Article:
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The College of Nursing and Health Care Professions is comprised of diverse health care disciplines, including nursing, health care administration, athletic training, public health and health care informatics. We are united by the common goal of training the next generation of health care professionals and leaders to effectively address health care challenges. The content of this blog includes perspectives on current health care topics, discussion about health care trends, a showcase of successful alumni and faculty and posts about our passion for our respective fields.
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Nurse educators are highly trained professionals who hold a Master of Science in Nursing with an Emphasis in Nursing Education degree. Nurse educators often work in colleges and universities to educate and inspire the next generation of health care providers. If you prefer to work one-on-one with patients and families, there are other career options that this degree program can prepare you for, such as a patient advocate or a patient educator.

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The American Nurses Association created a set of Peer Review Guidelines in 1988. Since then, these guidelines have helped nurses around the country make sure they are following proper regulations for patient care and safety. When you earn your RN to BSN degree at Grand Canyon University, you will gain new skills that can help you understand and execute these reviews in the best possible way. Take a closer look at the nursing peer review process:

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A collaborative, team-minded approach to health care isn’t just a way to make the work environment positive and more enjoyable. It’s also a smart way to improve efficiency, encourage professional growth and facilitate effective communication to promote positive patient outcomes. When healthcare professionals work together, patients receive better care and everyone benefits! Today’s healthcare environment functions using a multidisciplinary approach to patient care. As a member of the multidisciplinary team, there are things you can do to foster collaboration and promote teamwork.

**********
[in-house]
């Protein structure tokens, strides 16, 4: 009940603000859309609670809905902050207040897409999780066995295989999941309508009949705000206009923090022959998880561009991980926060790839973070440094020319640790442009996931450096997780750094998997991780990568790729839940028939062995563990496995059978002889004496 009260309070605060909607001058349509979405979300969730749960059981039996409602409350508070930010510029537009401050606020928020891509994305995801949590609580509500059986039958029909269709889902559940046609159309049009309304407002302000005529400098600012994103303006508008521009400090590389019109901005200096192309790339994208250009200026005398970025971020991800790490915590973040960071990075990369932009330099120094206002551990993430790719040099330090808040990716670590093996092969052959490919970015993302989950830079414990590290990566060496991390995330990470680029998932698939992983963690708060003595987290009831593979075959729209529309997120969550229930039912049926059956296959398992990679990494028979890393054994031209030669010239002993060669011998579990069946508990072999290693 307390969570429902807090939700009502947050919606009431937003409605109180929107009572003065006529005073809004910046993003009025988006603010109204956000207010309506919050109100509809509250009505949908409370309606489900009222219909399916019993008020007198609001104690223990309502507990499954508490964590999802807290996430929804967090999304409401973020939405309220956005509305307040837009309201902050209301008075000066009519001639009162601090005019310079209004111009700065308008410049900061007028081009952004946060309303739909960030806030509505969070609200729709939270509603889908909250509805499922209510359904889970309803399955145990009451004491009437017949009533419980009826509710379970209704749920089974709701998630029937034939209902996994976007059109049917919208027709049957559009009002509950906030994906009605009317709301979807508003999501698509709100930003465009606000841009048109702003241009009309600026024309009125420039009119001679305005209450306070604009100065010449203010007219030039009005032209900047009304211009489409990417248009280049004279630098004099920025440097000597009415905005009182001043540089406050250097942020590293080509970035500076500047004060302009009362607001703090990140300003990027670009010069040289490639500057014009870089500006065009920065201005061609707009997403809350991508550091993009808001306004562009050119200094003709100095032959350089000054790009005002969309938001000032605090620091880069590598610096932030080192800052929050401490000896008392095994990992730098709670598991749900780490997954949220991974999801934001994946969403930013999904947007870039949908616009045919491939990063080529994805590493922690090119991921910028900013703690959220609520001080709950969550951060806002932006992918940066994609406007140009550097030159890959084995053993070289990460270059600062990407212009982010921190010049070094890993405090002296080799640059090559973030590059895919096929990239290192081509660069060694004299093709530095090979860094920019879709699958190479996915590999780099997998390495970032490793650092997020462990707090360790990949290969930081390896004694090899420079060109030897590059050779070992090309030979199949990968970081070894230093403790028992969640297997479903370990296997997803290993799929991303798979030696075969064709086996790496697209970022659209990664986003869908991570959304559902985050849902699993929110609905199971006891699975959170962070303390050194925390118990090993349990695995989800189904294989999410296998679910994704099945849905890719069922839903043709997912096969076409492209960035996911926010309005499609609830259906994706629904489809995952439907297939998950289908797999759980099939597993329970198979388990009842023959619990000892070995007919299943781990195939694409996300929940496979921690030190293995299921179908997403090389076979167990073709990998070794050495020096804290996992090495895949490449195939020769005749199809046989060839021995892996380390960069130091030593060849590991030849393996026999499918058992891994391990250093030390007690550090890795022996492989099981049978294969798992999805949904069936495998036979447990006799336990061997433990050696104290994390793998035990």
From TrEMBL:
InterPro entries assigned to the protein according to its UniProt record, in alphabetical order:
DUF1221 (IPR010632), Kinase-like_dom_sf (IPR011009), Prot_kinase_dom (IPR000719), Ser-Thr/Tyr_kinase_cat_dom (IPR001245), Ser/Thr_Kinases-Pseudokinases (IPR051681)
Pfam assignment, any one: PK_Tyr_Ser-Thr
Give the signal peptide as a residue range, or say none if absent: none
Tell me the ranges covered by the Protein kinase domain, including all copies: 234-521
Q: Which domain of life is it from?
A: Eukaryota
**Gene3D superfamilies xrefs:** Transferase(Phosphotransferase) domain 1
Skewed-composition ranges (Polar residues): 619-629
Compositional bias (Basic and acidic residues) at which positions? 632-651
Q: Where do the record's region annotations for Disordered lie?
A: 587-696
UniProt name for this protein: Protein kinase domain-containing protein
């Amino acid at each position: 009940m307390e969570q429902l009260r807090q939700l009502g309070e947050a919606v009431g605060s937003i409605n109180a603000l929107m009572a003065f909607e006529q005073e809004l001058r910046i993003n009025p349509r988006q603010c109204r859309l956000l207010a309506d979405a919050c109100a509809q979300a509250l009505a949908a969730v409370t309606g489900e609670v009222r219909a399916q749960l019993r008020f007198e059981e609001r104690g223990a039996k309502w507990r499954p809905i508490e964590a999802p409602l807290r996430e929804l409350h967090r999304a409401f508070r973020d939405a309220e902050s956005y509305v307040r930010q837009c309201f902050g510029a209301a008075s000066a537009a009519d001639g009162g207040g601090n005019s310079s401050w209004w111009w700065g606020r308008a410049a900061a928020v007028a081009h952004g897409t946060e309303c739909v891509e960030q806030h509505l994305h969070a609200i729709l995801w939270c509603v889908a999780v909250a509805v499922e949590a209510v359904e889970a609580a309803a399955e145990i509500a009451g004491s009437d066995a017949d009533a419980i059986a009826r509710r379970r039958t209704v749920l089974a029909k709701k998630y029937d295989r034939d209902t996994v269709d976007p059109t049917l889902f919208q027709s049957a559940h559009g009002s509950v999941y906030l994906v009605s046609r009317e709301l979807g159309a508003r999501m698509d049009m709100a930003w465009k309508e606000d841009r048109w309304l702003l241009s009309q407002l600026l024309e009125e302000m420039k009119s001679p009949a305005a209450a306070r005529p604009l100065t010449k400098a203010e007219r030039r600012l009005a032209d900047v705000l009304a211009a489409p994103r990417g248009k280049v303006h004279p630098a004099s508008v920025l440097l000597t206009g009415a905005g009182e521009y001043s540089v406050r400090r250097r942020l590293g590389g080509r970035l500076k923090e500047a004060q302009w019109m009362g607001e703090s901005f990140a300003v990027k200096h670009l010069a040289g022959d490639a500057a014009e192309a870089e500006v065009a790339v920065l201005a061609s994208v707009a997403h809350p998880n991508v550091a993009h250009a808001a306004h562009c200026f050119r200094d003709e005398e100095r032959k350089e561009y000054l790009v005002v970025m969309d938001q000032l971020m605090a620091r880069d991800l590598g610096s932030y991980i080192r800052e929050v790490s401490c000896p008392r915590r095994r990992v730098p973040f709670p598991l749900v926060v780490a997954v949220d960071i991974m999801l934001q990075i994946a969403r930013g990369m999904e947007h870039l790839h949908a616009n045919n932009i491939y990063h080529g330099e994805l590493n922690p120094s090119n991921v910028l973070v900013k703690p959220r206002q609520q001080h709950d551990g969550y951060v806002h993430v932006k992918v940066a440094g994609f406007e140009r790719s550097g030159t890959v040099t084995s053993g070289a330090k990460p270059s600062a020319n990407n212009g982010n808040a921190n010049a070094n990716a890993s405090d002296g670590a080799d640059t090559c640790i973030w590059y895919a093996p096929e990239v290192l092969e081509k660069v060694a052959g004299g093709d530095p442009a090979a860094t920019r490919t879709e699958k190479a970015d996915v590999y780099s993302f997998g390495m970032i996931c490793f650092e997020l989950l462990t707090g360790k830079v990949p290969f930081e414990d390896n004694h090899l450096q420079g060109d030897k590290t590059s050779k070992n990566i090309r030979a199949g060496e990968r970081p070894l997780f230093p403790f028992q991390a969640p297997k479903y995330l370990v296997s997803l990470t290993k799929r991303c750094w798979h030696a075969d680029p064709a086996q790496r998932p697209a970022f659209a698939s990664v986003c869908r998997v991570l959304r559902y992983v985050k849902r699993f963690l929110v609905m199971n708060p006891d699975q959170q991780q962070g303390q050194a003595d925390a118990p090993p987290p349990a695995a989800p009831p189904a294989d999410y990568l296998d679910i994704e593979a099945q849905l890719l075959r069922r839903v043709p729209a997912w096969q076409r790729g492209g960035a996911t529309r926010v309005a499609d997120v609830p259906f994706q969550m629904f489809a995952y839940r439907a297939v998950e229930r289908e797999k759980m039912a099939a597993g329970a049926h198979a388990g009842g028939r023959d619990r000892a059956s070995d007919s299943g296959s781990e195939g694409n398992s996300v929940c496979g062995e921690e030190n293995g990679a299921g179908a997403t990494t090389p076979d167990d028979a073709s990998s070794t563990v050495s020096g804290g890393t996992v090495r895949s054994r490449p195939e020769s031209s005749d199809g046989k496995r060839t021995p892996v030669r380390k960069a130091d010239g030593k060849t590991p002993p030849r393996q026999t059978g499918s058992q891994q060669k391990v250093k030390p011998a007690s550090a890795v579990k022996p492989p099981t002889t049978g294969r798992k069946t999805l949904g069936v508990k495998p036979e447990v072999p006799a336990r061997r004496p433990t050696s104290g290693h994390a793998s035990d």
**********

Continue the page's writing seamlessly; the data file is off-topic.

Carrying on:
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A statistic by Lamar University states that “there are four times as many nurses as doctors in the U.S., and their roles continue to grow as nurses expand into services beyond traditional areas to include work in private practices, clinics, public health centers, nursing homes, companies and mental health agencies”. With this staggering number of nurses, it is important that each one of them is confident and well-prepared for the workforce.

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By Dawna Cato
GCU Alumni, Vice President of Clinical Care Services

At 22 years old, I was a young mother with two children both born with congenital heart defects. I knew I wanted to go to college, and nursing seemed to be an obvious choice so I could understand my children’s condition more fully and better care for them. I started as a Licensed Practical Nurse (LPN) in 1990.

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By Samantha Deck
Adjunct Faculty, College of Nursing and Health Care Professions

Nursing runs in my family so it was almost natural for me to become a nurse. My sister, a nurse herself, inspired me to start the career initially. After I achieved my training as a licensed practical nurse (LPN), I fell in love with caring for patients and wanted to improve my knowledge and skill. So I decided to advance my degree.

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By Catherine Beasley
Adjunct Faculty, College of Nursing and Health Care Professions

My career in nursing started in the small town I grew up in where the hospital was home to 20 beds. My father was a physician and my mother worked in the lab. In high school I took a nurse’s aide class and worked as a nursing assistant for a year. I loved the work and admired the nurses that worked alongside me. Their competence regarding rural nursing and compassion for patients inspired me to become the nurse and person I am today.

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